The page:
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The iPod

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He strolled into the room and quietly laid his books on a desk. Class would begin in about three minutes; soon the teacher would be droning on about something utterly irrelevant to his life. Entirely removed from his surroundings, the small plastic gadgets in his ears piped in the words that resounded repeatedly in his head, chorusing the ideas that he has heard about sex and violence and crime—and women. Vulgarities and obscenities that had always been forbidden in mainstream American media were now a daily part of his life—a ritual—since he was six years old.

He could play that rap refrain in his brain without the assistance of an iPod, one of the most popular play toys known to post-9/11 teenagers. But the iPod somehow gave him power. The iPod increased his status. He had become the latest of the Boomers’ grandchildren to use a technology the Boomers had only dreamed of: music you choose, music you take with you, music you listen to at your whim! American high schools and middle schools, however, have not joined the hippest of all music generations in promoting the iPod craze; very few school officials condone them, allow them, or use them.


The acceptance of iPods in American secondary schools has grown tantamount to the acceptance of the small transistor radios of the 1960s, when kids snuck them into schools in order to hear the World Series (played during the daytime back then). Those radios existed—they were certainly there—but most school officials simply shrugged their shoulders in a quasi acceptance of the new technology of the time. It had become the old, “If you can’t beat ’em, join ’em” attitude. And was listening to the World Series—America’s Pastime, after all—really that bad?

As a teacher, I loathe the use of iPods at school for three main reasons:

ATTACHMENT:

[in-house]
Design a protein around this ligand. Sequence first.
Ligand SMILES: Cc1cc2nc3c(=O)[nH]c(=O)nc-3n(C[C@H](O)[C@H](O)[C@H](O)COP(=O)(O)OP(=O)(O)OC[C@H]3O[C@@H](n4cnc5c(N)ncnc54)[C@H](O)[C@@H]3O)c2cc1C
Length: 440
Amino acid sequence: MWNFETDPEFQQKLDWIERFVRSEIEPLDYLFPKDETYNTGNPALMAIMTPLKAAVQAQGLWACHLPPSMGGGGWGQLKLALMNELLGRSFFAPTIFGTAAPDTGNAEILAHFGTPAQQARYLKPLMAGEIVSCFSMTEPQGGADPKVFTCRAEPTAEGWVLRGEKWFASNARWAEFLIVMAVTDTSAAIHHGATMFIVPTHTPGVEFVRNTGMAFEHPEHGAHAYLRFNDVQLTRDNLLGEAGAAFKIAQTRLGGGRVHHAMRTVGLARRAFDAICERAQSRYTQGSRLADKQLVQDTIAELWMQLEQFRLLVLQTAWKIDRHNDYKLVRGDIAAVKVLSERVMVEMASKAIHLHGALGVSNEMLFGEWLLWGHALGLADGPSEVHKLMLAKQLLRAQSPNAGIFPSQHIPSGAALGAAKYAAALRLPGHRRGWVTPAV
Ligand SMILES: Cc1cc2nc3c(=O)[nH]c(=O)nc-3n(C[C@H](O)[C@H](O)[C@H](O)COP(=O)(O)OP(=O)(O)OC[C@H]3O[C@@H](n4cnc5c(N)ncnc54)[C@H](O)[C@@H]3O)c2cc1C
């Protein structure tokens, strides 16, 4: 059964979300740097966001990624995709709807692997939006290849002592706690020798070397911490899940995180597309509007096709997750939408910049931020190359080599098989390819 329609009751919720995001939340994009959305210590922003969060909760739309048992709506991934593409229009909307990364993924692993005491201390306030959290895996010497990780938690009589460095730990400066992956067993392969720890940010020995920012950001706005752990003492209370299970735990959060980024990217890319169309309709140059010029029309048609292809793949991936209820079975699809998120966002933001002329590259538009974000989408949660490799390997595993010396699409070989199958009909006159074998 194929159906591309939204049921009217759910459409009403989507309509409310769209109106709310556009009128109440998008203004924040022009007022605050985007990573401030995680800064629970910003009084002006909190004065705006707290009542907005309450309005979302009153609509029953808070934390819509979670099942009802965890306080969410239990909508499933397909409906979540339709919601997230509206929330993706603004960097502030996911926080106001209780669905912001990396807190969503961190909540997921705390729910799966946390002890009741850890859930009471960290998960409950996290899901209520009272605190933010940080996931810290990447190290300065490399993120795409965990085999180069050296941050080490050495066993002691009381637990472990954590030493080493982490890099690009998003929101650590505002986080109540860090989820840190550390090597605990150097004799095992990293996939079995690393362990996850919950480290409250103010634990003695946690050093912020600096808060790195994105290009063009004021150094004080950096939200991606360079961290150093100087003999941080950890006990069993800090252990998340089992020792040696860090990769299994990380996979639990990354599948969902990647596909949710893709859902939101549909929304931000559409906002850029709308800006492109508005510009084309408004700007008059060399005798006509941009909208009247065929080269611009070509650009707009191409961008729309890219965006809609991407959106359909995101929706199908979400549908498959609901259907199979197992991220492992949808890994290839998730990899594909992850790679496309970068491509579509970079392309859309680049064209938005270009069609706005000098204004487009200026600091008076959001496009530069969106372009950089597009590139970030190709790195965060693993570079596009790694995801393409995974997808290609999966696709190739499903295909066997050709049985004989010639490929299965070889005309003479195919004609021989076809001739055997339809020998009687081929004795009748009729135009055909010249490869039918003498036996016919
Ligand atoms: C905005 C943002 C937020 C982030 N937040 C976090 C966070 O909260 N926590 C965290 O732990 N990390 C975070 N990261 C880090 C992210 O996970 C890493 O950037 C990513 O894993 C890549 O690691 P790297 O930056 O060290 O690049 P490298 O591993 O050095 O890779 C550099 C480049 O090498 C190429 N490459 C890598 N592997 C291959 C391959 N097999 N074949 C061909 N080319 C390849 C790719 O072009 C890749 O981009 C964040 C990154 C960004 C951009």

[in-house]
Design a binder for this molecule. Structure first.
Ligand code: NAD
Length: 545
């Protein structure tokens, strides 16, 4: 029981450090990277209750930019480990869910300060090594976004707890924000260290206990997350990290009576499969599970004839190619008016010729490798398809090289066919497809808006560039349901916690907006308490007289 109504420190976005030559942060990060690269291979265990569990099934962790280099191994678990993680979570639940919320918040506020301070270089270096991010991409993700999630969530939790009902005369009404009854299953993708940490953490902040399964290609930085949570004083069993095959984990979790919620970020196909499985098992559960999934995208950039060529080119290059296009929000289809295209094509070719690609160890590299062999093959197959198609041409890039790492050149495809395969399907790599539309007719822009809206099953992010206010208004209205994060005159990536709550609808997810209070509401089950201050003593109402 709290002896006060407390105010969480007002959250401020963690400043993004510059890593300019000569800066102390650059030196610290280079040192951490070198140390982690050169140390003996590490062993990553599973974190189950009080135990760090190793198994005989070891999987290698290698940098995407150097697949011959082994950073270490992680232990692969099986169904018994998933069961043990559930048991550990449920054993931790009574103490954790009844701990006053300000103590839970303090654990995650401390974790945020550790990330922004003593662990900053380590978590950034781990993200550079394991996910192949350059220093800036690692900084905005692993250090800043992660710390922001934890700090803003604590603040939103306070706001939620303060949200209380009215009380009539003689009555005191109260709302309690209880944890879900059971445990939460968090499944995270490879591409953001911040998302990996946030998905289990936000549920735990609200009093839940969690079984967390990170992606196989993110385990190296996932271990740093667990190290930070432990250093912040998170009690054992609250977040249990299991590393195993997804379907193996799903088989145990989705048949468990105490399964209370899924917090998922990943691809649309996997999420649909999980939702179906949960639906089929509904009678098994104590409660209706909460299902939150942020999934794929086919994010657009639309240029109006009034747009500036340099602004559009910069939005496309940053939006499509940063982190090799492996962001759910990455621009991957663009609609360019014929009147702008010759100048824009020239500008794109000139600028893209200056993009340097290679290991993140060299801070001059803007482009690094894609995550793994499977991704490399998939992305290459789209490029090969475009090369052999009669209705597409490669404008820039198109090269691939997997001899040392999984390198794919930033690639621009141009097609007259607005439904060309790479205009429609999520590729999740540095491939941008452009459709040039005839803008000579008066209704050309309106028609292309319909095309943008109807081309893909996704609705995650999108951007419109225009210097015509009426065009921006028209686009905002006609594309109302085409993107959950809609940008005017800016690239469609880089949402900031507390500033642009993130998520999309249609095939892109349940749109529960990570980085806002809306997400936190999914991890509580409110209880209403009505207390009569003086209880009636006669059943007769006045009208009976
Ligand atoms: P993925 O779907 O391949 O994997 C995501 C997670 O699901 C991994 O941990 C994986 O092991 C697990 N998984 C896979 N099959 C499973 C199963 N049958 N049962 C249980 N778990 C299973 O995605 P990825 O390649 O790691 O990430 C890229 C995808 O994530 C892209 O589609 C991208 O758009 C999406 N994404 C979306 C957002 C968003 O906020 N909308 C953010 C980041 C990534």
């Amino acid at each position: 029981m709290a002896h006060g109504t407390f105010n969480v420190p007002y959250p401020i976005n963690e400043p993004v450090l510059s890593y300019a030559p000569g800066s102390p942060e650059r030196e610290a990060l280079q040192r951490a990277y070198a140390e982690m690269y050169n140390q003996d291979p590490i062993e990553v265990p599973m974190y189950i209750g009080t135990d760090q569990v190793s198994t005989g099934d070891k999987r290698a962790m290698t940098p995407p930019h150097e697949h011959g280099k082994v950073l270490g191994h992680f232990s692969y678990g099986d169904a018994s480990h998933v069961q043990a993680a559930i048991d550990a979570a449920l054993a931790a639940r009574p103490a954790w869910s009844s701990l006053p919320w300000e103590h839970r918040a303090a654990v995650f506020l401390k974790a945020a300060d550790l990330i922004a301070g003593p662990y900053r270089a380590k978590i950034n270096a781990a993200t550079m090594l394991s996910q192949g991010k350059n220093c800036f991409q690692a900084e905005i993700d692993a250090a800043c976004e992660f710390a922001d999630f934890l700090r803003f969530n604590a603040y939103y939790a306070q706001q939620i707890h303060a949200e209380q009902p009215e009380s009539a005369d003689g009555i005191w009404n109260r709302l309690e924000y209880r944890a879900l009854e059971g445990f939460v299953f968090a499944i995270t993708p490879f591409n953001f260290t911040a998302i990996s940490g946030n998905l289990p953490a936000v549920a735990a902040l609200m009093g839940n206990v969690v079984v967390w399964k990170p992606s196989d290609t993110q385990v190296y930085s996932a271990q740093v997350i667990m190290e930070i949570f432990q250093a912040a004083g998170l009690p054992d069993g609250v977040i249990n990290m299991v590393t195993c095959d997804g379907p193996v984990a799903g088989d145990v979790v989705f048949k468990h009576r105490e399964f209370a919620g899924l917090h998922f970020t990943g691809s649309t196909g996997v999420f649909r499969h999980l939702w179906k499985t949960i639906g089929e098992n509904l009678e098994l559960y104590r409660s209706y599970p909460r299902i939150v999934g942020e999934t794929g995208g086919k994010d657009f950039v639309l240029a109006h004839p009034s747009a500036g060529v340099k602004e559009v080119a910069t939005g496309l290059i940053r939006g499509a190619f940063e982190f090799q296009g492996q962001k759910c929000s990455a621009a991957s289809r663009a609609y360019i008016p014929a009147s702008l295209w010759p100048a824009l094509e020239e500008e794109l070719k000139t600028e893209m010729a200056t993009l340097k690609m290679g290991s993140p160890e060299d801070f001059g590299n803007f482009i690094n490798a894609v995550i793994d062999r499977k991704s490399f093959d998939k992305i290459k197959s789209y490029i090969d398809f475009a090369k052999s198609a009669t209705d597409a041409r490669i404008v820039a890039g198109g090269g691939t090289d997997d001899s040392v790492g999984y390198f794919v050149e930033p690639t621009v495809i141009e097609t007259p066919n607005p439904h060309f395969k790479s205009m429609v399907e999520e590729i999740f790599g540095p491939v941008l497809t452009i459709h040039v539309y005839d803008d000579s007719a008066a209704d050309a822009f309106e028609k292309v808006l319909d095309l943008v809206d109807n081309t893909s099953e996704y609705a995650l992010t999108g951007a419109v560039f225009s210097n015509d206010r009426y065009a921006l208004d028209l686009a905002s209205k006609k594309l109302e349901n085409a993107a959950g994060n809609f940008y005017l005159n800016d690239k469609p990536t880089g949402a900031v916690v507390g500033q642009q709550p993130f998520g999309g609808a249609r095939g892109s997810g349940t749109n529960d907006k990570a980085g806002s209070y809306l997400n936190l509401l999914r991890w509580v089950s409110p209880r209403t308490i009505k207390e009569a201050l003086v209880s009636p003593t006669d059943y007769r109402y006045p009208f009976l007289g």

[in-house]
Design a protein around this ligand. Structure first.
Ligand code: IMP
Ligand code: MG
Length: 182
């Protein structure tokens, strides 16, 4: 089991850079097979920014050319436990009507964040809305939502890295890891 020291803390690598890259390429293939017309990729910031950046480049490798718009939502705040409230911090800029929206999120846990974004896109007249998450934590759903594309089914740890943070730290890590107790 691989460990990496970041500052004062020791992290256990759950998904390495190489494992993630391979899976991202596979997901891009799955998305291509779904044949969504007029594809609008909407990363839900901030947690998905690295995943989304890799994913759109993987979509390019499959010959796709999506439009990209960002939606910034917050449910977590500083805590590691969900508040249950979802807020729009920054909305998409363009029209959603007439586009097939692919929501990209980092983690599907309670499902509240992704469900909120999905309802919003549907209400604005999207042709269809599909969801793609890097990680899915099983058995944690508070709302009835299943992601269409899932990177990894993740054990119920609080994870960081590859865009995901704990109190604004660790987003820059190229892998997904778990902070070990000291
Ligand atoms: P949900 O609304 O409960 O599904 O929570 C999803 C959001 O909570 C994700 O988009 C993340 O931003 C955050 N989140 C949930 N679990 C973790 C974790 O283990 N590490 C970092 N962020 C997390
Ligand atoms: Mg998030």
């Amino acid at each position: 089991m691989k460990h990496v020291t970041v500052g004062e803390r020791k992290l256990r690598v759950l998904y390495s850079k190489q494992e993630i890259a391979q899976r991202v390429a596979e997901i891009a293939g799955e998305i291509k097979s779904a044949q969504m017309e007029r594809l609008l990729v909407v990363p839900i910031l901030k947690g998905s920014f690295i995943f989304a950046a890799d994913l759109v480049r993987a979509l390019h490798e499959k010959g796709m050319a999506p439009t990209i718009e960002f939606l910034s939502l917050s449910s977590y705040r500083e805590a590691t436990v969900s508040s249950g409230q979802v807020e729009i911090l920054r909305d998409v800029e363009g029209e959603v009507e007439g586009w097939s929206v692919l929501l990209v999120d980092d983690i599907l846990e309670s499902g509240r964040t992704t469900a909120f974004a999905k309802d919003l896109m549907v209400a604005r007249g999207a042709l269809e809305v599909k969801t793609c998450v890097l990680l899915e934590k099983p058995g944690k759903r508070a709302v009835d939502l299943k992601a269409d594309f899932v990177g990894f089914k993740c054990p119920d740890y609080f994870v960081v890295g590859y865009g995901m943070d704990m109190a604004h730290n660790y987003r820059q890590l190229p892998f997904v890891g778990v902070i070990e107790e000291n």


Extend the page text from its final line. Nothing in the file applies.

1. They disrupt the kids’ concentration. Students should be thinking about what’s happening at school—ideas about algebra, government, and Whitman—not Snoop Dog’s latest bout in jail or Eminem’s most recent confrontation with guns and cops. At the very least, they should be looking at the school’s “Vision Statement”—no one can figure out its significance—that is plastered on the walls of every classroom.

2. They lose them. Bureaucratic nightmares over lost iPods tend to thwart the benefits of being ever-connected to the woes of young convicts who lament about their bitches standing them up and their homies talking shit to them.

3. They scare me. Not literally frighten, but just knowing—or having a good idea—what is being heard in those earphones at any precise moment is enough to rattle my nerves. I might try denying my most subjective assumptions and pretend as though my students were listening to the Righteous Brothers, but I have a feeling I won’t be fooling myself for long.




Okay. I’m probably battering around too severely the presence of portable music devices. After all, we’ve all used them at one time or another; in fact, when I go to the gym, I wear a headset while working out. True, I listen to am radio talk shows that would bore the ever-lovin’ tears out of most teens; and, true, a huge antenna juts in the air off the front of the headset making me look like a Martian—but I do wear a headset. I’ve told my students that while they’re in my classroom, they’re not allowed to even show me an iPod (or other such contraption) before, after, or during class, unless it has one of those pointy antennas.

Naturally, they laugh. But I’m serious.